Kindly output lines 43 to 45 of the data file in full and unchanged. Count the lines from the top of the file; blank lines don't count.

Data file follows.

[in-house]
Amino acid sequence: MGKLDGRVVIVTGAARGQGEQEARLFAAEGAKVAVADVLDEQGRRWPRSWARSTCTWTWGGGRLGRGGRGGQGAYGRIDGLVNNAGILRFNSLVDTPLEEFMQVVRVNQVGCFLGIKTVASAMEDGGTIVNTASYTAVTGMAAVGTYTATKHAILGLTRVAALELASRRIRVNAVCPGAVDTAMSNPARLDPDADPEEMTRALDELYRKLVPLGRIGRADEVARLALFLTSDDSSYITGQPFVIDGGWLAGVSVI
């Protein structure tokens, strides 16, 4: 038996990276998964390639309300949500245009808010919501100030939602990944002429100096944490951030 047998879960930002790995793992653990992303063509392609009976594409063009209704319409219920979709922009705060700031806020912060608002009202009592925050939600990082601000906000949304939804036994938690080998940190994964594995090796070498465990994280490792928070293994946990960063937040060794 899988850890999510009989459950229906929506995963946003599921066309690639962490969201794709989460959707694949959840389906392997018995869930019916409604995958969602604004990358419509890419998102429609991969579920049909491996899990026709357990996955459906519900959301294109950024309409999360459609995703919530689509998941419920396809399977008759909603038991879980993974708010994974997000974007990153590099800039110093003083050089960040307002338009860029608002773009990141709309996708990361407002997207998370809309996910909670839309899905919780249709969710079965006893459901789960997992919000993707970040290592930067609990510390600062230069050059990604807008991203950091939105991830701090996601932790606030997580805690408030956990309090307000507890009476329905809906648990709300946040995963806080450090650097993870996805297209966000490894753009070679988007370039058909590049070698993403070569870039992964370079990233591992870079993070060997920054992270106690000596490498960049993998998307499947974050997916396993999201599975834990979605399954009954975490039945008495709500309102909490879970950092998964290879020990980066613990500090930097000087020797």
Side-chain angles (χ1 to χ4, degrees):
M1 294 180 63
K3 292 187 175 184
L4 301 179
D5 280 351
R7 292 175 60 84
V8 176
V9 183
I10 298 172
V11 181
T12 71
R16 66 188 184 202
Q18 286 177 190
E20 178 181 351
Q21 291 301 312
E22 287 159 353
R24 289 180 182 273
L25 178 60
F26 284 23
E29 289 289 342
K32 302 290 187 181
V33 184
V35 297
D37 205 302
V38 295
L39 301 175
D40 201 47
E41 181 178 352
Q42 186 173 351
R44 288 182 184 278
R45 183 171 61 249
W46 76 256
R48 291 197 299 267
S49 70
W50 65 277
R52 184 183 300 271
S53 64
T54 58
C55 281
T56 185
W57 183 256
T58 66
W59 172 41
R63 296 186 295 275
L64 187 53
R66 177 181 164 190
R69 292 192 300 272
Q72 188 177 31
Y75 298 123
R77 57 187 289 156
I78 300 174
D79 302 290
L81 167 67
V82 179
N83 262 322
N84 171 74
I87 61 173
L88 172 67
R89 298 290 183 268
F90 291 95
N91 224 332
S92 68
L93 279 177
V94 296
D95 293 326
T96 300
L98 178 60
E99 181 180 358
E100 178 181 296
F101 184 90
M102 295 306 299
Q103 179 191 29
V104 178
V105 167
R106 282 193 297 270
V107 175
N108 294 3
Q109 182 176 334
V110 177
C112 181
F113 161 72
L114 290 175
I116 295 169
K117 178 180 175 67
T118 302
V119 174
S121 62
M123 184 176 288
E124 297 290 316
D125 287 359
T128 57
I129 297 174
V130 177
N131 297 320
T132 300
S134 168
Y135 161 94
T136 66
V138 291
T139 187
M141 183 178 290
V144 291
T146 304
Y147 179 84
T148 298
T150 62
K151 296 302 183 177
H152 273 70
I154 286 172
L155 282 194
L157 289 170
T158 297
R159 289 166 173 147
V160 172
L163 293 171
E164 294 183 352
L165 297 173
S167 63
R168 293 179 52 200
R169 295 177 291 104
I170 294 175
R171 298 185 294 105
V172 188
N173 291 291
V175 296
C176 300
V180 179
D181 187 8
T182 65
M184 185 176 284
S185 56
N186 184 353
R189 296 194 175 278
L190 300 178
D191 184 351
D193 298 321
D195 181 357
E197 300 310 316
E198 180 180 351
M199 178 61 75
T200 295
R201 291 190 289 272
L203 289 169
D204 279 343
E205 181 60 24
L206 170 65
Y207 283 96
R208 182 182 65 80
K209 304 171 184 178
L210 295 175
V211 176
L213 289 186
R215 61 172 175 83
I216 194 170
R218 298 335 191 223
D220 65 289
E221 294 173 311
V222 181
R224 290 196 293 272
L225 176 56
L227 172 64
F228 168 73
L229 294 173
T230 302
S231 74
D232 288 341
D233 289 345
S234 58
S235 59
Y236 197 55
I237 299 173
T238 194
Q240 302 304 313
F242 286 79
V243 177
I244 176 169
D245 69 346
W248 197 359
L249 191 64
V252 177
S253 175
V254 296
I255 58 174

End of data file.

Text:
T56 185
W57 183 256
T58 66